I was in the city this weekend. It was a nice time, in that big city, and I enjoy the change of scenery when tall buildings replace wide fields. Hustle and bustle means something entirely different down there, and the trip served as a needed reminder of just how badly city dwellers need weekend homes in the country. I always know this, but I know it more on a day like today after a weekend like the one now past. That beautiful Superior hotel was home for a while, but it could never be home for long. No, home was found when I followed that last curve on Highway 50, the one where the roadway dips and turns before passing the Grand Geneva and heading under Highway 12. That was when I felt at home, and that’s when the problems began.
I didn’t voice this problem until I was through Lake Geneva, and down highway 50, appreciating the curves and the rolling hills and the wooded boundaries to the South and the North. It wasn’t until I turned off onto Geneva Street and I pulled past Bayside Point. The stretch of road beginning at Bell’s Store and terminating when Geneva Lake first comes into view down that slight hill and to the left, that’s the stretch of road where the view burned at my eyes. Dilapidated houses, cars that look like they haven’t been driven for months, perhaps years, littering the sides of those drives. Scrubby trees angling up at odd directions, sloppy or missing landscaping everywhere. This was a stretch of land that made me sad, because the view as one inches closer to that shimmering lake should improve and improve until the lake is seen and it can improve no more. I told my wife that I would like to be put in charge of a town, maybe Williams Bay, and I’d like to wield my powers of eminent domain with a very heavy hand. By now she had spent a full day with me, so my words fell on intentionally deaf ears.
Political office is not something that I aspire to, so I won’t be cleaning up stretches of any given town any time soon, but there is something that I can do to help. For that matter, so can you. The approach into Williams Bay from the north has always been somewhat tenuous. Geneva Lake Bait and Tackle has occupied the West side of Highway 67 (Elkhorn Road once it hits the Bay) forever. I’m glad that it’s there, though it won’t win any architectural awards. Much of my old timey fishing knowledge about Geneva Lake comes from the owner of that north woods style baitshop, and I’m happy that I’ve been able to learn about what Geneva Lake was like in the 50s and 60s. On the East side of that road is Mercy Hospital, and while a giant hospital may seem out of place there, my eye has come to expect it and if we are to have a hospital so close to the lake I’m glad that it’s a shiny, fancy one. Mercy is not a problem. But back on the West side of the street, just to the North of the bait shop rests the tattered remains of the Belfry Theatre, and that site has been a stain on the visual approach to Williams Bay ever since my eyes cared.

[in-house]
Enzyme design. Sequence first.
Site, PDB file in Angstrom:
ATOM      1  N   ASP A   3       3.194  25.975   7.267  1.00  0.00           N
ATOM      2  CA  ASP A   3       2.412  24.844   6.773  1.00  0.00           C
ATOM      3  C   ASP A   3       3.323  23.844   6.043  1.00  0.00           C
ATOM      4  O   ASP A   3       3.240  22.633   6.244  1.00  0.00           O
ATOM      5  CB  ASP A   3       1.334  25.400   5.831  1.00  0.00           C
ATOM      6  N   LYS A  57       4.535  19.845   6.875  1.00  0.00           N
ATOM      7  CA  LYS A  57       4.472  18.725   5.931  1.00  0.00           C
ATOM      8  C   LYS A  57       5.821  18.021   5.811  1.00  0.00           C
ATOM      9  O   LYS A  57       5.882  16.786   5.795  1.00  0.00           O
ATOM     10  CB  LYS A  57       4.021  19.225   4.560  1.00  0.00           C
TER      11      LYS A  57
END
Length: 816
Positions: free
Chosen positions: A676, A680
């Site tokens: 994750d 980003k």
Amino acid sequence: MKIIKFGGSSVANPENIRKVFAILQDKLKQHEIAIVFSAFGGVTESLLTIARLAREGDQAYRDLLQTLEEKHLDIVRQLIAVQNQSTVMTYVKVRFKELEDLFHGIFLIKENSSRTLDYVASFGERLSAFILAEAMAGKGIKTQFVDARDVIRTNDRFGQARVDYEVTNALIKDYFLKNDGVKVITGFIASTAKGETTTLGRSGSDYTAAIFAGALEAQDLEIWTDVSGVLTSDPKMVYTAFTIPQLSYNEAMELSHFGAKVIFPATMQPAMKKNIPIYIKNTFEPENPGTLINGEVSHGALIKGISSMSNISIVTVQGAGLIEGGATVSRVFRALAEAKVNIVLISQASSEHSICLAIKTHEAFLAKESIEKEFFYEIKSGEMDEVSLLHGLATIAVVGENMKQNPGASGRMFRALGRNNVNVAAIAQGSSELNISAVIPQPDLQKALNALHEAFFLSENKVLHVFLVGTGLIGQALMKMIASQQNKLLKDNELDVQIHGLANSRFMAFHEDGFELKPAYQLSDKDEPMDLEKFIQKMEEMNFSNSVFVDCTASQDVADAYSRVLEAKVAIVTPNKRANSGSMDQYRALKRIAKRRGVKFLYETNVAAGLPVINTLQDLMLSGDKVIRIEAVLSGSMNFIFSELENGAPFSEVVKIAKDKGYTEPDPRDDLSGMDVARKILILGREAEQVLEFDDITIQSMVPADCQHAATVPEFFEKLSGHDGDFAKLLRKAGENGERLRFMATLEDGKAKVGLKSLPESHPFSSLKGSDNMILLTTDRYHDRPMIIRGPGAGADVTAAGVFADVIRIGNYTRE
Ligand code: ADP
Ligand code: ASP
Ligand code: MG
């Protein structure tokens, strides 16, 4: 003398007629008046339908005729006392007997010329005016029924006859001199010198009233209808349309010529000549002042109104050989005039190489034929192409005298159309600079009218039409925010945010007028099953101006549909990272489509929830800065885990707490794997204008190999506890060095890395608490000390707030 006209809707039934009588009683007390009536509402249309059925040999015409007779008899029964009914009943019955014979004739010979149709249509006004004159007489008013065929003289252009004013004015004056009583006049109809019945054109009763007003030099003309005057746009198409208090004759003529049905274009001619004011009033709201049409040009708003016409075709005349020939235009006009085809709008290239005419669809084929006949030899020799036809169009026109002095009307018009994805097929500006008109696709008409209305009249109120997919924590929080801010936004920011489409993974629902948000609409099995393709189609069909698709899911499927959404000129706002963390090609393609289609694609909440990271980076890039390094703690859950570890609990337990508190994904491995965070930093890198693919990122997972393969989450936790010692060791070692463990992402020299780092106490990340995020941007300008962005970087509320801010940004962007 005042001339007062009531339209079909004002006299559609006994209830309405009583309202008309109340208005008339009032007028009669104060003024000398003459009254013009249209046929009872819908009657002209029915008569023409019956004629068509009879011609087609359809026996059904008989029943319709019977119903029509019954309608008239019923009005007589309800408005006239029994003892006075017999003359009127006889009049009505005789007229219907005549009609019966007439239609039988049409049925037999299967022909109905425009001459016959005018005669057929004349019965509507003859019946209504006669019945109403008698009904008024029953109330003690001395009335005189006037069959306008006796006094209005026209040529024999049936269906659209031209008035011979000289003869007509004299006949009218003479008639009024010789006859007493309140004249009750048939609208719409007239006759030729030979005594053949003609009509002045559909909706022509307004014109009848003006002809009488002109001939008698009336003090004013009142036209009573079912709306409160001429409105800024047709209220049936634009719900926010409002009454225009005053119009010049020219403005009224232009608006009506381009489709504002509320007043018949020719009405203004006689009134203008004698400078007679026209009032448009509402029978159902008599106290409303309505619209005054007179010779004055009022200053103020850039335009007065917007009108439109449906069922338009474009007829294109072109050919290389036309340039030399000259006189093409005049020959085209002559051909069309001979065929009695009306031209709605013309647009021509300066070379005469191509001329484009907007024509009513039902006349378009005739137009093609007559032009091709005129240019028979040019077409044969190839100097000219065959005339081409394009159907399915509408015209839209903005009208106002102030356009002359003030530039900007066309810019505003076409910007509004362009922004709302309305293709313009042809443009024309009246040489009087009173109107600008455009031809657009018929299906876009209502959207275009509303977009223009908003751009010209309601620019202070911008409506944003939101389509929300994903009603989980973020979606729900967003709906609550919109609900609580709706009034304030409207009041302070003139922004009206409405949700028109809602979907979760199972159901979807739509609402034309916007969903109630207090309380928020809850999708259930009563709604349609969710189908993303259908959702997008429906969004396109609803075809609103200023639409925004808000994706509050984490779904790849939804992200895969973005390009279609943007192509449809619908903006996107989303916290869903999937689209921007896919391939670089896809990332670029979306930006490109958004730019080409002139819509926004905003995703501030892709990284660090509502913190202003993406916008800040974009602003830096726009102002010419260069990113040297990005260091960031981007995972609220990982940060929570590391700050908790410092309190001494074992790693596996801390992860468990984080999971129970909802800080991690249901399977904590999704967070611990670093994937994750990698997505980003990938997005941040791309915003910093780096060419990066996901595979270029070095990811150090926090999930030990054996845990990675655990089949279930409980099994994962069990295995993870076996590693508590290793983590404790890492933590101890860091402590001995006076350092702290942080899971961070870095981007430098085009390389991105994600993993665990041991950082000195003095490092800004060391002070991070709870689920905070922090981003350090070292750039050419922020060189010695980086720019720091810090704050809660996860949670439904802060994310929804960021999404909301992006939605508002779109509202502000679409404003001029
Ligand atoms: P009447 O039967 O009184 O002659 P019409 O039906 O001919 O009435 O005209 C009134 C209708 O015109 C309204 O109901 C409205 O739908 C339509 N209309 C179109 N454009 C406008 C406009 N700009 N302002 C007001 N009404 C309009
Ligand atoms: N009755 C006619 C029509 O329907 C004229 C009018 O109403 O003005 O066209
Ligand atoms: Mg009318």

Sure, it was fixed up a bit while Eddie Cash spun his borrowed lyrical tales there, and during that time it was nice to see cars in the gravel parking lot on weekend evenings. But that short spell didn’t solve the problem that is the Belfry Theatre, and now, finally, someone is trying to do just that. For some history, the Belfry Theatre was originally built in the late 1800s as a church. It became a theatre in the early 1930s, and sometime in the 1950s an old dormitory that originally housed immigrant orchard workers from the Crane property (Geneva National) was moved and repurposed on the land just south of the theatre. At the time, the building housed the resident actors and later became an antique shop before falling into disrepair. That building is still there today, looking awfully tired and tattered. The fact that an old church was turned into a theatre, and an old dorm was set upon the land to house some actors is really not the reason the Belfry Theatre is important. It’s important because of who acted there, and because of where it is.
Famously, actors who began their early careers there include Paul Newman and Harrison Ford, and presumably plenty of others whose names don’t really mean much to this 36 year old (Del Close, Gary Berghoff). These actors worked the stage at night, during various showings of various plays, and then during the day they worked on their lines and helped repair the property. I imagine they did both of those things, and then hitched rides to the Williams Bay lakefront to hit on the pretty ladies, but that’s just a guess. Anyway, the meaningful history of the property aside, it’s safe to say that the building and the grounds have meant very little for a very long time. The property is now rather lame, and after circling the drain for the better part of two decades it has finally fallen into the hands of new, purposed owners. This is why we should now care, and this is why we should probably help.
The new group is led my Anne Sperry Connors, a pleasant woman with whom I have exchanged a few emails on the Belfry project. She is currently seeking funds (the ownerships is a not-for-profit) to renovate the facilities and hopefully open for the summer 2016 season. The plans are ambitious, and the need for money pretty significant. The rendering above is from the website, and I for one would absolutely love to see that whenever I approach Williams Bay from the north. I expect that this project will succeed if the community- both the full time and vacation home variety- embraces the vision. If the community does not pitch in, this effort will likely fail. I don’t want it to fail, so I’m planning to lend a hand. While I’m not as philanthropic as I should be, I can find value in this plan, and hope you’ll join me.